View Full Version : x86 vs 64

October 24th, 2007, 01:46 AM
Well, I'm running the x86 install of 7.10 on my laptop. However, my laptop has an AMD Turion 64 in it.

I really never thought about it, but does anyone know of any advantage where I should get and install the 64bit install?


October 24th, 2007, 12:04 PM
Since 64-bit Ubuntu is built to utilize optimizations in the 64-bit architecture you should notice it running faster.

However, I wouldn't call it entirely mature for the user desktop market. Proprietary software such as CrossOver Office and the official Flash version (last I checked) don't have a 64-bit version. So you end up running a chrooted 32-bit environment for some things or finding work-arounds, which can get annoying to manage.

October 25th, 2007, 12:04 AM
Thanks, I think I'll stick with x86 for now.

October 25th, 2007, 06:35 PM
I'm running AMD64 version on my laptop and desktop. With Gusty the Flash install has been fixed by apt-get installing nswrapper with flash to get it working automagically. As far as running 32 bit applications, you can also do that. I am running a Lightscribe program on AMD64 that has only been released for 32 bit systems. I have also run wine and other things on a 64 bit system. It may take a little more setup, but it still works. I have very few problems with the 64 bit system.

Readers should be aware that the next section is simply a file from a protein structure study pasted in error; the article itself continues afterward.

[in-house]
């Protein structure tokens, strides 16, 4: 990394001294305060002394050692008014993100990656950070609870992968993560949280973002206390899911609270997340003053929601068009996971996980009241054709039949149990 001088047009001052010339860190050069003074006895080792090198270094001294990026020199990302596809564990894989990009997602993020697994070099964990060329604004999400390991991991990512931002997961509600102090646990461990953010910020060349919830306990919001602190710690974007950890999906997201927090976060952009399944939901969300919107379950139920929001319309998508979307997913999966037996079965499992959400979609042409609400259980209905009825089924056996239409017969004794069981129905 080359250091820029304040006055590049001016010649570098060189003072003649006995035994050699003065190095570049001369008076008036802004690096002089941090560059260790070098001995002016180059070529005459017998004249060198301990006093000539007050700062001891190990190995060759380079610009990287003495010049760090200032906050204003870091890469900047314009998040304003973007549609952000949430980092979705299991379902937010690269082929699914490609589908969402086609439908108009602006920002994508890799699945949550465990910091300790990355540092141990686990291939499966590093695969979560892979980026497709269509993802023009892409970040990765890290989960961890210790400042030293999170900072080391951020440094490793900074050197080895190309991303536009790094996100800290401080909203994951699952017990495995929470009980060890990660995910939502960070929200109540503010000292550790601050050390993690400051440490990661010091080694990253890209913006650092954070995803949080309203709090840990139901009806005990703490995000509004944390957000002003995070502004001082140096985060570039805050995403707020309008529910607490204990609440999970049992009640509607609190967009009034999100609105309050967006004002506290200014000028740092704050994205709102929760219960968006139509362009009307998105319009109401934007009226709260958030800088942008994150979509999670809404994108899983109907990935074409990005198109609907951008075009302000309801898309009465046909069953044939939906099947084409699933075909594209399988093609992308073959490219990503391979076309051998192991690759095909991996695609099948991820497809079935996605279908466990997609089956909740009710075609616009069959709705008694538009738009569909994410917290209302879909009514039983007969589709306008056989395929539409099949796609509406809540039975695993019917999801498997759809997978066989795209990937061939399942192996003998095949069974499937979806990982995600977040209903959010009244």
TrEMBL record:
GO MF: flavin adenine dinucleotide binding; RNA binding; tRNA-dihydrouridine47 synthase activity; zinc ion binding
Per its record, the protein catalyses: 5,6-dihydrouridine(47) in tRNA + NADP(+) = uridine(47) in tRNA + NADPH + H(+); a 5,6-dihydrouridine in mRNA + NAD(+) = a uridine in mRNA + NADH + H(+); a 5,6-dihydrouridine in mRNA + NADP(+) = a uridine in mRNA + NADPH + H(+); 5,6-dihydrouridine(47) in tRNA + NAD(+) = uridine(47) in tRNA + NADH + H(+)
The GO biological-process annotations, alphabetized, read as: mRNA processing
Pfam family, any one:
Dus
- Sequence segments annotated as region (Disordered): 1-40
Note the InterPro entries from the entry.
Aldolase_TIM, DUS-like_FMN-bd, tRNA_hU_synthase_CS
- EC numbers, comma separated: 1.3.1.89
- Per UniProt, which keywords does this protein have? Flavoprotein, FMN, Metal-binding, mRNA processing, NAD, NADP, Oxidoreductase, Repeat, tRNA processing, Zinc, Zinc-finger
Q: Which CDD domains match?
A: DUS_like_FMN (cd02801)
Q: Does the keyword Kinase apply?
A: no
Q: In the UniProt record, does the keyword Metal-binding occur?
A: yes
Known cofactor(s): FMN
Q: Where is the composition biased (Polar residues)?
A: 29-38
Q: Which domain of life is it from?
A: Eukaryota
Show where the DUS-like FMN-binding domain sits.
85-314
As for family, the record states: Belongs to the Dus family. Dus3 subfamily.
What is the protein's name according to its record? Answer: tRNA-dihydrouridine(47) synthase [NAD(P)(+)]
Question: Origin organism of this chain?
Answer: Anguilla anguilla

October 30th, 2007, 10:41 PM
I've had issues with wireless on x86_64 Ubuntu. It works well under normal x86. Hopefully it will develop more as time goes on and 64bit processors and OSes become the norm. I'd like to use my 64bit processor to its potential.

February 11th, 2008, 08:03 PM
I have gutsy 64 running perfectly on my 3rd gen macbook pro. The only 64 bit related problems i've had is the mentioned flash issue (which has a work around).

February 16th, 2008, 01:44 PM
I'm running 64-bit Ubuntu on my desktop, server, and laptop (which also has a Turion 64). No problems whatsoever, nada.

March 31st, 2008, 10:07 PM
64-bit is absurdly faster. If you ever go back to a 32bit system you will notice slowdowns that never were apparent before. (Creating a media library with Amarok for one)